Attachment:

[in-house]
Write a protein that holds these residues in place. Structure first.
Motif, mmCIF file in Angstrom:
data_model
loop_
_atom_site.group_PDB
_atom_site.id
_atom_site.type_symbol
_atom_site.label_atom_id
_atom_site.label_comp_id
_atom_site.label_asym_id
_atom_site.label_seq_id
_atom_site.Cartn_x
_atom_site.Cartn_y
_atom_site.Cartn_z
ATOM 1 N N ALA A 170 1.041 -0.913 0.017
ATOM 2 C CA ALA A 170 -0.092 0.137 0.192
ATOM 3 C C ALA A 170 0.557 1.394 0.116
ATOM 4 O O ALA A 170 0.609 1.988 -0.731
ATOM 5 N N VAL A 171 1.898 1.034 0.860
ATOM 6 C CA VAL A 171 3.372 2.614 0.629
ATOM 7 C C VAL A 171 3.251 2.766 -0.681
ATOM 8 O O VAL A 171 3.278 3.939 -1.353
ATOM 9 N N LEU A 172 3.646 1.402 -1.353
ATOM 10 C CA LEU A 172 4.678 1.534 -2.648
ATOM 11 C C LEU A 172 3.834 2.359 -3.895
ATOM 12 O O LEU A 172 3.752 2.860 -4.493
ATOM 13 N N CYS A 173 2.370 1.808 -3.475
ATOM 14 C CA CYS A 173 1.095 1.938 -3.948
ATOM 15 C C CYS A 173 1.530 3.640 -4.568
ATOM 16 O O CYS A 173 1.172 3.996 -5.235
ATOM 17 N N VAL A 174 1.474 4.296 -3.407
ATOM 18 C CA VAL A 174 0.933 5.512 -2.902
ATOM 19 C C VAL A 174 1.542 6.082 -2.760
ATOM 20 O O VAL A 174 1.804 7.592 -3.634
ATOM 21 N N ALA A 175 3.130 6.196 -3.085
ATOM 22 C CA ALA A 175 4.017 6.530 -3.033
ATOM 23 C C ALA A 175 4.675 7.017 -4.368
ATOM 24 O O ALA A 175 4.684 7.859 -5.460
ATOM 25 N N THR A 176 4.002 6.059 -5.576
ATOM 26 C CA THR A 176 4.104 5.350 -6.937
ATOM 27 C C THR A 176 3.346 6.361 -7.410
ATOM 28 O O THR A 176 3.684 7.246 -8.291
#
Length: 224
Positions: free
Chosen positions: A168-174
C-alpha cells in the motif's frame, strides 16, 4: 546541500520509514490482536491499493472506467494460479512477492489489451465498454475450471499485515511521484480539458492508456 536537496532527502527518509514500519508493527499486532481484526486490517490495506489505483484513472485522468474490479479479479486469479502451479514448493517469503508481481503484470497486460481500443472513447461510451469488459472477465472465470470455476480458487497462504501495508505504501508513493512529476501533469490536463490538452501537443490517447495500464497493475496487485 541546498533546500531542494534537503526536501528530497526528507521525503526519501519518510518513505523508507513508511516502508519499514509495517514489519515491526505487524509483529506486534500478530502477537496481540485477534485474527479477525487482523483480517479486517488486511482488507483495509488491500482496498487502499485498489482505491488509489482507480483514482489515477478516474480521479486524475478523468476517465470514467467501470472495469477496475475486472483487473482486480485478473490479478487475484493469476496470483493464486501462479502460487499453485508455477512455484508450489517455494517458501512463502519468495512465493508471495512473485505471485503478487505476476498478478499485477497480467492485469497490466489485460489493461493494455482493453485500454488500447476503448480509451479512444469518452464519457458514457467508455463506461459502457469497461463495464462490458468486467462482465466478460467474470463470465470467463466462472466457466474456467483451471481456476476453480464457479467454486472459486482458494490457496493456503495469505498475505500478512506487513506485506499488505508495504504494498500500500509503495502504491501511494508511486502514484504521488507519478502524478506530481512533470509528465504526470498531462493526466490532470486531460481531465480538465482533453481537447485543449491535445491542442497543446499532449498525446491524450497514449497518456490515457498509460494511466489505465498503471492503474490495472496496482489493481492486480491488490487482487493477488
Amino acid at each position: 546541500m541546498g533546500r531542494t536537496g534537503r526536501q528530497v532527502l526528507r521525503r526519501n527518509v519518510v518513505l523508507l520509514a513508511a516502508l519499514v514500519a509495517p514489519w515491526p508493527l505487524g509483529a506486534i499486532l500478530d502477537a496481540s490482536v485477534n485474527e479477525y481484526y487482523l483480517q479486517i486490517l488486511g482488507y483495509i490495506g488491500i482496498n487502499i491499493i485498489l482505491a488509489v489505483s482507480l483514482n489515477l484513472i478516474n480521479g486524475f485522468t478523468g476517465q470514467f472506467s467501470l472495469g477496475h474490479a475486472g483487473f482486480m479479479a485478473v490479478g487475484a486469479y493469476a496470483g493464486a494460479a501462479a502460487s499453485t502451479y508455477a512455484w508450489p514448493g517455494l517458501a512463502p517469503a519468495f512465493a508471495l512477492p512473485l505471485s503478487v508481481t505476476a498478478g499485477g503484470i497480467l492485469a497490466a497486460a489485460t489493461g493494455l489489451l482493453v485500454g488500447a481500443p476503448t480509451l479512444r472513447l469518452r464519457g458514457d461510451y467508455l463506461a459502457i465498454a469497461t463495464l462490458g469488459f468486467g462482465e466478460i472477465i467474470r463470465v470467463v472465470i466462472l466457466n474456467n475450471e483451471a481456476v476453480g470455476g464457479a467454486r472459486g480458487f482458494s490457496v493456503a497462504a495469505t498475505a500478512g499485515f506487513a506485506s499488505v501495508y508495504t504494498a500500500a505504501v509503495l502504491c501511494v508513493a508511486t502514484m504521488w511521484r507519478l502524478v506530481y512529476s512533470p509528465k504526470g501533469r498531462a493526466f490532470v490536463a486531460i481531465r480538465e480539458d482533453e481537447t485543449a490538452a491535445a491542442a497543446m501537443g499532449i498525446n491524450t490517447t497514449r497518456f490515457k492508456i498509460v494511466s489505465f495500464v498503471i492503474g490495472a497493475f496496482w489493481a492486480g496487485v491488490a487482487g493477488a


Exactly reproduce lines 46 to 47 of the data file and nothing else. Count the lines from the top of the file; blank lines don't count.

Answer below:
Positions: free
Chosen positions: A168-174